It’s really tough to break a bush hog blade, but somehow, we managed. A reminder why we named this place Flyrock. We found out that it’s even tougher to change a bush hog blade. Finally, the high side is bush hogged. It’s cut too high, we’ve dug up rocks, left piles of them and holes where we dug them from.
There’s still plenty of work to do on the upper fourteen, but we made it through the whole thing once, which is more than we accomplished up there last summer. I’m told it will get easier each time we mow (this from the guy who told me there was “Zero Percent Chance” of me getting wet). Well, we’ll see, but I’m not counting on it.
My husband and daughter spent a day, a couple of weekends ago, working on the shelf while I escaped to Chicago. We’ve decided the shelf may be the best spot for getting in the water to swim, so they started cleaning it up by trimming trees and clearing brush. That evening they each caught a fish, my daughter made fish tacos, they camped out overnight and got rained on. I shopped, ate in good restaurants and slept in a very nice (and dry) hotel.
The old pipe gate on the quarry side is too heavy and hard to deal with — kinda sounds like me. So, we hung a livestock gate that’s lighter and easy to deal with. The sad thing is that we’re now shutting and locking both gates. Crazy, right?
Here in our little corner of the midwest, I think 99% of the people are basically good, fair and honest. Yet, it seems that everyone has a line that they draw where they can justify doing something that others would think was wrong. But, they’re justified because; “These people are outsiders and they don’t deserve this and I’ve been fishing here my whole life, so they’re not going to keep me off of this property. I’m a good ol’ boy, but this SOB puts signs up saying I can’t hunt or fish or swim here. Well, I’ll show him, I’ll just tear those signs down.” Or, “No one lives here, so let’s just throw our old TV in the ditch, and then we can target practice and shoot the smithereens out of it.” Or, “Oh, look, they’ve built steps down to the water. I’m not supposed to be in here, but since they’ve made it so nice and easy, I’ll just use these steps and fish and leave my box of bait for them to clean up.”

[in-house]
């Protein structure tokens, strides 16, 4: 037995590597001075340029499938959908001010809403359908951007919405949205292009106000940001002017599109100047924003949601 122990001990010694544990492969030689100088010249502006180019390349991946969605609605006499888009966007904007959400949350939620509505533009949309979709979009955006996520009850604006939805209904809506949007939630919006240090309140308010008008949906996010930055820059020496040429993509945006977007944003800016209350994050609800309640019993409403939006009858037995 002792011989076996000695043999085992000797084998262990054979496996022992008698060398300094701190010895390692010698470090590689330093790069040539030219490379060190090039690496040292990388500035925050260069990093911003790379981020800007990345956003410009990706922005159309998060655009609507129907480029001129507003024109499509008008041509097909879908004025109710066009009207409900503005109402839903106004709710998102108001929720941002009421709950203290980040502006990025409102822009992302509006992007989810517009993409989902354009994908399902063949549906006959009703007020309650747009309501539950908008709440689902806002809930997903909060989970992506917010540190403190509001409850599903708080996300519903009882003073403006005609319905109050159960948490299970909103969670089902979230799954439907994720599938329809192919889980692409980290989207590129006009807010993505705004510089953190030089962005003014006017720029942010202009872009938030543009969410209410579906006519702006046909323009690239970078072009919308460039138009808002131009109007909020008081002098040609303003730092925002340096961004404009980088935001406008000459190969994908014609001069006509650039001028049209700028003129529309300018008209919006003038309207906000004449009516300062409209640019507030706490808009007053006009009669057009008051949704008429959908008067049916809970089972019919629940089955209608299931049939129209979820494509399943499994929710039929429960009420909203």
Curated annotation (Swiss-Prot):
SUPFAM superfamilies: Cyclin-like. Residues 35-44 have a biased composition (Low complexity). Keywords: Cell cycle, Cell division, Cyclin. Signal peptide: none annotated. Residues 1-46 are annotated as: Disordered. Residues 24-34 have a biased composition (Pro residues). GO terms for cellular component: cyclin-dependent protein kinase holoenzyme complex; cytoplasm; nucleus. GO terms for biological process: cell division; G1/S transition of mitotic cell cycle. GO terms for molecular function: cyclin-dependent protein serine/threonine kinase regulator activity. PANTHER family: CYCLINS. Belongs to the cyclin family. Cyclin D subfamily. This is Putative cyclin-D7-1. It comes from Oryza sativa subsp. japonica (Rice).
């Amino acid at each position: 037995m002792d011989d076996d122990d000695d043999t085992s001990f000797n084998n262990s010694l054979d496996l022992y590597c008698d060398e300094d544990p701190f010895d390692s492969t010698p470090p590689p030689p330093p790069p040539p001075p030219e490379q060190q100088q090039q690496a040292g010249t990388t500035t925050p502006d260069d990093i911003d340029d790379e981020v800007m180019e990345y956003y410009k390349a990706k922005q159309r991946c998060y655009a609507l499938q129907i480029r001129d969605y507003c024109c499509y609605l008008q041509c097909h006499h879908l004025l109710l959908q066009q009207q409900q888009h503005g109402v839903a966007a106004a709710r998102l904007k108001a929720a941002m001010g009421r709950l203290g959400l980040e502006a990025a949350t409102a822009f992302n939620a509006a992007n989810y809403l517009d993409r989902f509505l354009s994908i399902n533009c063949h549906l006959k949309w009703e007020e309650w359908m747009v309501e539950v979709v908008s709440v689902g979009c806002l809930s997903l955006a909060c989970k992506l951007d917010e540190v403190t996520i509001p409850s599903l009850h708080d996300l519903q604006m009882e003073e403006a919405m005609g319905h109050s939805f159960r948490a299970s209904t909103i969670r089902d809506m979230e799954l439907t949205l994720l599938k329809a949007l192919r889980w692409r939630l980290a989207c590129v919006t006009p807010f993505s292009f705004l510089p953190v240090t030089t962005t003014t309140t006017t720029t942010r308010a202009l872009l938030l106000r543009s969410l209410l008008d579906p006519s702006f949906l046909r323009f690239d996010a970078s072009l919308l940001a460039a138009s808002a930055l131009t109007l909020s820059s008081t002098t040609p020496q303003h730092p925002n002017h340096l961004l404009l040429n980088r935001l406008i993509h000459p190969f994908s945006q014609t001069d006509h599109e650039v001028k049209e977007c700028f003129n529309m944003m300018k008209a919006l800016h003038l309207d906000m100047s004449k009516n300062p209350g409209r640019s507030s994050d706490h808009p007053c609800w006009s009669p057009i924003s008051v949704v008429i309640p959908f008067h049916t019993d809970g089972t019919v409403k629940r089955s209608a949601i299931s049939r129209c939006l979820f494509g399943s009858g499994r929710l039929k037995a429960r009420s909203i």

Sad to say, but internet forums are filled with property owners discussing how to keep people from trespassing and vandalizing property. Chains, locks, trail cams, tire spikes, and of course guns and signs threatening to shoot trespassers. It seems if you leave it too easy, trespassers enter without thinking twice. Make it too hard, they feel challenged and will bring bolt cutters and torches and whatever else they need to open any chain or gate. It’s disgusting. Maybe if they would work that hard at a real job, they could afford their own property and then they could worry about keeping vandals out. I don’t understand and I can’t imagine what is going through somebody’s mind when they trash and vandalize someone else’s property. I’ll bet you anything the vandal would be spouting off like the tough guy he thinks he is, about wanting to shoot someone if they did the same thing to his property — dumped a TV in his yard, tore down signs, left gutted fish or deer in front of his yard. But they don’t understand the golden rule and empathy and ownership laws and liabilities. So, until we’re living at Flyrock, we’ll continue to keep both gates closed and locked. And we’ll continue to take our stuff back and forth to the neighbors until we have a secure way to keep it there.
Which brings me to the news that we’ve decided to get a shipping container. Seems like it’s the best choice for locking things up. Besides hanging “no trespassing” signs and painting posts purple, working on a site for the container is what we’ve been doing most recently. My husband has been overthinking it (because that’s what he does); where’s the site for it going to be, how is it going to set on the site, what size should we get, do we want electricity run to it. And me? Well, I’m just concerned with what color we’re going to paint it.